Can Kamala Harris become President? After Obama winning in 2008 and Trump winning in 2016, it seems anything is possible. Although there are reasons to be concerned about a President Kamala Harris, Briahna Gray at the Intercept muses about whether her experience as a prosecutor is fatal to her chances.
The Intercept states its concern as this:
The problem isn’t that Harris was an especially bad prosecutor….The problem, more precisely, is that she was ever a prosecutor at all. To become a prosecutor is to make a choice to align oneself with a powerful and fundamentally biased system.
Nobody tell Gray that Justice Sotomayor was a New York assistant district attorney; that might make her sad. She goes on to take issue with Harris’ explanation as to why she became a prosecutor, which was:
There is a duty and responsibility to be a voice for the most voiceless and vulnerable and to do the work of justice. And that’s the work I wanted to do.
Gray appears to conclude that enforcing crimes against offenders is unjust. That’s a curious place to start. In the current progressive world of intersectionality-rationalized feelz, this conclusion is treated as a priori. So it now seems that consideration of experience and evidence are tools of oppressors, thus to be avoided whenever possible.
But the fact is that murders, thefts, rapes, robberies, and so on do actually happen; crimes cause direct harm to victims, and crime causes indirect harm in communities. Prosecutors can bring a reasonably close approximation of justice to the direct victims. And the creation of boundaries for conduct promotes justice by punishing hurtful conduct, and prosecutors have a role in policing those boundaries.
Really, it seems that these throwaway paragraphs are the setup for the real criticism of all but a few exceptional prosecutors—they aren’t promoting progressive doctrine through their offices:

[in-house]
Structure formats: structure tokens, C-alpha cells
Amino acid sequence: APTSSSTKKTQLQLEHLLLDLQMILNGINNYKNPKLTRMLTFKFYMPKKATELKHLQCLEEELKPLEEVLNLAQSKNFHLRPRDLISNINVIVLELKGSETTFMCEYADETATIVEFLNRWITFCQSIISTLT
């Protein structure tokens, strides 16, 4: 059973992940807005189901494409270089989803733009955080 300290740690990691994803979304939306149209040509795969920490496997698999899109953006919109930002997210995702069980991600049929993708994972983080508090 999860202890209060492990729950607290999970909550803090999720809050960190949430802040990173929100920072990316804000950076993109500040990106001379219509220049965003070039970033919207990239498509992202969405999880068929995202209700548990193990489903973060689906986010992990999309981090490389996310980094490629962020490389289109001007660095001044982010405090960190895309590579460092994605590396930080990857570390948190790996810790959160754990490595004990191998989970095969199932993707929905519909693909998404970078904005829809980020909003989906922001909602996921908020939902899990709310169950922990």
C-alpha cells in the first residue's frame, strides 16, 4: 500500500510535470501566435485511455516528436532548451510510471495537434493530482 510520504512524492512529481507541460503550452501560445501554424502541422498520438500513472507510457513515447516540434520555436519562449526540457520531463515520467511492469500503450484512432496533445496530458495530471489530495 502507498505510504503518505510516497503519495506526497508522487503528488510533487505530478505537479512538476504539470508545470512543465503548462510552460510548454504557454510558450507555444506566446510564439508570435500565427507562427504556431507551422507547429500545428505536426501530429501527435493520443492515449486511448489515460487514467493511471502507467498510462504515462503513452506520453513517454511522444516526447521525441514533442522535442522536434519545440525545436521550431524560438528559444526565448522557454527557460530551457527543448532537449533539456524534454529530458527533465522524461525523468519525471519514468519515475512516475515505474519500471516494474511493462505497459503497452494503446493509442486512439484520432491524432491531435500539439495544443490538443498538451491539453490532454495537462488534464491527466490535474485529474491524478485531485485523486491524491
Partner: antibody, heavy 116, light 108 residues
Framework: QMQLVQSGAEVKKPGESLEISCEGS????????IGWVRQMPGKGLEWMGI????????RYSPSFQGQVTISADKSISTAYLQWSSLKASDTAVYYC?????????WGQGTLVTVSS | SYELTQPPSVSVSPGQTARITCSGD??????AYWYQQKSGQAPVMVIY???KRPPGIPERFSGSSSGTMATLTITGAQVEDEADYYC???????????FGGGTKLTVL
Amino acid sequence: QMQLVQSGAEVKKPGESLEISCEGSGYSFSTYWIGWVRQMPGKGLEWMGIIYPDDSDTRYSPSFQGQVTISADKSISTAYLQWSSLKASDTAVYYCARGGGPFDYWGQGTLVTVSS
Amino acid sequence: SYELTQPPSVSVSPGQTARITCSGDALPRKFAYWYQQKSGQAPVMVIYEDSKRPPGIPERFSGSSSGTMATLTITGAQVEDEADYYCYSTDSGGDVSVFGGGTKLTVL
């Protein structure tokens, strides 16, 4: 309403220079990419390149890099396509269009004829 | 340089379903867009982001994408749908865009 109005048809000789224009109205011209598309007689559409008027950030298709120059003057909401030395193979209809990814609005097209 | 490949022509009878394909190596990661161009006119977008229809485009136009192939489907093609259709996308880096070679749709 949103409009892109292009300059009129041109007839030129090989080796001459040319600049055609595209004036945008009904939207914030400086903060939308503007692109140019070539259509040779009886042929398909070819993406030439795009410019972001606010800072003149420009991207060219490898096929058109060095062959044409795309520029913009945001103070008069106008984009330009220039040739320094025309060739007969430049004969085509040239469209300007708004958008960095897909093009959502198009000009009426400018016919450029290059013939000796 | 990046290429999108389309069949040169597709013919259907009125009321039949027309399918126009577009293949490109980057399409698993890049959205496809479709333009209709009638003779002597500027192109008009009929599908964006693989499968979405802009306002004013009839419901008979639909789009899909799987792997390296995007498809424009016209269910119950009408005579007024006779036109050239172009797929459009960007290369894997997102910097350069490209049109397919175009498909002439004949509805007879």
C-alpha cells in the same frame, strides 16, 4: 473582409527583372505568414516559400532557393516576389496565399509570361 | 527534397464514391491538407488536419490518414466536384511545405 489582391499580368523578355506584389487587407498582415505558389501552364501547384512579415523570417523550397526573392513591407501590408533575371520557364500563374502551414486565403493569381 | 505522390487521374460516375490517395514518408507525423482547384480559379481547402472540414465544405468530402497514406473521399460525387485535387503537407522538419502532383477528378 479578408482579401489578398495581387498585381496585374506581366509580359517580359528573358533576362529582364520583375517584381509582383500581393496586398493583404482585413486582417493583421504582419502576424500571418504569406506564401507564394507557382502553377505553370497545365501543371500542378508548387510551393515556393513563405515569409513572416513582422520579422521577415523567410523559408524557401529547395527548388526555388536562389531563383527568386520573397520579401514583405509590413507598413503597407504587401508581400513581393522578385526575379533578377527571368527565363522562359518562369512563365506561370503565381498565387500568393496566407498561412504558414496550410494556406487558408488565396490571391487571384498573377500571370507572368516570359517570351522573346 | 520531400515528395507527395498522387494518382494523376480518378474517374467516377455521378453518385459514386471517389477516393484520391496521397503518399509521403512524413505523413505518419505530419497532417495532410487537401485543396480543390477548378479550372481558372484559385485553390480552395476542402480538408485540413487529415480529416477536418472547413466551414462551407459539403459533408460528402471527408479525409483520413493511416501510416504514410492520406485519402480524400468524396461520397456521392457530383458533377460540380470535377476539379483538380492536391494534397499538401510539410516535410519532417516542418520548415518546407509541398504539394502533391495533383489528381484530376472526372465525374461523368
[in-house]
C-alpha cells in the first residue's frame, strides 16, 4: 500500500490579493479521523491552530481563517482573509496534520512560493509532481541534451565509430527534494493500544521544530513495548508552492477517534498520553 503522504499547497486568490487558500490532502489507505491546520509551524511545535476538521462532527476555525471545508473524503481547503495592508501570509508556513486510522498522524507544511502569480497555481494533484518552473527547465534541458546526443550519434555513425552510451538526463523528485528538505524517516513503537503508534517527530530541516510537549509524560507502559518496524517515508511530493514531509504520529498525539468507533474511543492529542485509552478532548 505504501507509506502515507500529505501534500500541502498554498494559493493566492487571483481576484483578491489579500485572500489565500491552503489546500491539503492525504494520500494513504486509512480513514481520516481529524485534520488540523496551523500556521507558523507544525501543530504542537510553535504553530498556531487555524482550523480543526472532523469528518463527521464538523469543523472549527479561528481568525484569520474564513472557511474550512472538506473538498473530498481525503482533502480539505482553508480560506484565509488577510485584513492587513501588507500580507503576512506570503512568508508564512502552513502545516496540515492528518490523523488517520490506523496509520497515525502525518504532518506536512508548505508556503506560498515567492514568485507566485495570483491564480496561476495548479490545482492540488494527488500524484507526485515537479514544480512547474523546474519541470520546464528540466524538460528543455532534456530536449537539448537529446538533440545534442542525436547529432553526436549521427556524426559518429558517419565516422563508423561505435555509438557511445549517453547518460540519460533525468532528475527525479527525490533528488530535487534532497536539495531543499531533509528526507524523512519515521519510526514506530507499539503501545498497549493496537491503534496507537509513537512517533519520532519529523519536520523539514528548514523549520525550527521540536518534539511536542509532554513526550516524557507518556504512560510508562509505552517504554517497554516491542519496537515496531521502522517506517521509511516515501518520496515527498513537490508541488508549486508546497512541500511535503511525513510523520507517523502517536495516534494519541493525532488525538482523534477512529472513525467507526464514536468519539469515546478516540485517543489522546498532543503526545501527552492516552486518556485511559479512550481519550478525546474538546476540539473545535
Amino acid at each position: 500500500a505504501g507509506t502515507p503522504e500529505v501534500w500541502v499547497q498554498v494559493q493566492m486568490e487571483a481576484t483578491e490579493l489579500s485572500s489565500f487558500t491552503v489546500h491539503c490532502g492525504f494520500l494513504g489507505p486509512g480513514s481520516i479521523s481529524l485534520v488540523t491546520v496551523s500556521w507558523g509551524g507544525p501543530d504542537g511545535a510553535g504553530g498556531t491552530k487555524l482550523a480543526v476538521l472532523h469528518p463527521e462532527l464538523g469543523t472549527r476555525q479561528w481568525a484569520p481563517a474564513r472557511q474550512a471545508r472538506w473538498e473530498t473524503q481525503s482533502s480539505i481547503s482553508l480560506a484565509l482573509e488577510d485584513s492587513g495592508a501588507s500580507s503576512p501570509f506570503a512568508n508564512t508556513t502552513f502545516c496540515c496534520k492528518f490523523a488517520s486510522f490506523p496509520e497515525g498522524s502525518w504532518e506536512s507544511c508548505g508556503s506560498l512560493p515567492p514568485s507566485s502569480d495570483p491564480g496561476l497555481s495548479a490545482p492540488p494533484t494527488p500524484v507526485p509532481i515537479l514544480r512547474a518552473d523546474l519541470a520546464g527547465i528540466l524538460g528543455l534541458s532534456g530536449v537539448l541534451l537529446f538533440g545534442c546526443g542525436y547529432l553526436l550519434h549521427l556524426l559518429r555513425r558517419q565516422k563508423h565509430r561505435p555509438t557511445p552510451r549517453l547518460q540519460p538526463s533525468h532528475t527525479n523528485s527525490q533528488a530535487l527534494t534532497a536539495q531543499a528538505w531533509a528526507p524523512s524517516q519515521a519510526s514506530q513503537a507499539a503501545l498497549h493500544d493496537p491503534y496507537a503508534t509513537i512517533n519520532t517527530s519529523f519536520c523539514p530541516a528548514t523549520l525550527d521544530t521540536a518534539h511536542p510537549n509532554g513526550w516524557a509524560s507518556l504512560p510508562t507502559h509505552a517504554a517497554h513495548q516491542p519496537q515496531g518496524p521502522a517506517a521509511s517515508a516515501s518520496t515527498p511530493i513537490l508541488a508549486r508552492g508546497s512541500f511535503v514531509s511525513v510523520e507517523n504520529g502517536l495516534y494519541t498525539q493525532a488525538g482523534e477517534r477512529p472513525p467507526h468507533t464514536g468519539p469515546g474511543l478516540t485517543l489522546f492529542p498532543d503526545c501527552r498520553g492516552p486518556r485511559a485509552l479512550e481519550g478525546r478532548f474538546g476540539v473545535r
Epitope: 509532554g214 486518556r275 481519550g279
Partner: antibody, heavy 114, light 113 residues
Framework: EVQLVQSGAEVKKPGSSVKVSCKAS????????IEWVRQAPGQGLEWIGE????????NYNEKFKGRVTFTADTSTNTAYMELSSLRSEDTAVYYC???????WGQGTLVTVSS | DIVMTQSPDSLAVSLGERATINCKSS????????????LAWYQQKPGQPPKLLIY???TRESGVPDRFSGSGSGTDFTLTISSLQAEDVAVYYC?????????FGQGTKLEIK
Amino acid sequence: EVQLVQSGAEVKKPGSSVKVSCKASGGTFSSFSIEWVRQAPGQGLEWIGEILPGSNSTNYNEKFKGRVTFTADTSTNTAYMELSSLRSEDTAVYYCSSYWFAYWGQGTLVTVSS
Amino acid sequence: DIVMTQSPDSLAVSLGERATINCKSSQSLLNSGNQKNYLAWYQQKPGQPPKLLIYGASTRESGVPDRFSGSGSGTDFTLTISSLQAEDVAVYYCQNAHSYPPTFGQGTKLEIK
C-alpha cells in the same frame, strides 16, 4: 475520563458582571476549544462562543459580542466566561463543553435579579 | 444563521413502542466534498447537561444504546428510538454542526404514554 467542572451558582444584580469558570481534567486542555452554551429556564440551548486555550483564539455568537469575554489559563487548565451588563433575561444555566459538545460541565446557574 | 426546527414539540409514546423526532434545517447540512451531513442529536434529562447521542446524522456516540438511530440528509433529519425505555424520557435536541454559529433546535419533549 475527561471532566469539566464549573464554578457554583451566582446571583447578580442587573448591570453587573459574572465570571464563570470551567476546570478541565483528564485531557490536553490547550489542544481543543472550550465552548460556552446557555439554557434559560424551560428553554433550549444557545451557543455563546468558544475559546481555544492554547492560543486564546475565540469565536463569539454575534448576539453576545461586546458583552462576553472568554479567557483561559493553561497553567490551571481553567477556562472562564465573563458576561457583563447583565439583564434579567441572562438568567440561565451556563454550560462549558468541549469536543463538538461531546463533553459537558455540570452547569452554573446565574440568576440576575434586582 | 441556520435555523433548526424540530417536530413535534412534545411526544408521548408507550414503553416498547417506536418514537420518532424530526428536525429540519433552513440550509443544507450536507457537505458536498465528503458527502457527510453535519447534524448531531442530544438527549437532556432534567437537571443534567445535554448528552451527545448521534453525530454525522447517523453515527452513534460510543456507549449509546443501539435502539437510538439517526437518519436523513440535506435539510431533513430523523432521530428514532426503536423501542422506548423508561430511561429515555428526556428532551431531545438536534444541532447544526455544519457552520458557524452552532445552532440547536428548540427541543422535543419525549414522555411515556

Harris’s choices are thrown in a more unflattering light when compared to the relatively short tenure of former public defender and civil rights lawyer Larry Krasner, district attorney of Philadelphia….As California’s “top cop,” Harris was no Krasner.
Oh, and here I thought we were talking about justice.
The point here isn’t to judge Harris by Krasner’s standard. But it is important to acknowledge that Harris, who regularly describes herself as a progressive prosecutor, is not one, and criticizing her record is fair game.
I’m just a simple country lawyer, but this is moving the goalposts. The initial proposition was that she was “a prosecutor at all.” Now, the problem with Harris is that she wasn’t a progressive prosecutor. These are two entirely different arguments, and as a reader, I don’t appreciate a writer wasting my time.
Ultimately, the claim that prosecutors necessarily align themselves with a “powerful and fundamentally biased system” is vastly overstated. This borrows heavily from the privilege and implicit bias accusations that now frequently substitute for reasoning. And this claim tends to misplace responsibility.
For example, John Pfaff frequently apportions great blame to prosecutors. This argument ignores that the definition of crimes, mental states, the level of felony, range of sentences, and the assessment of other penalties comes from the legislature and prosecutors are downstream from those policy decisions. The implicit argument here, which Gray makes explicitly, is that prosecutors should use their discretion to achieve progressive outcomes.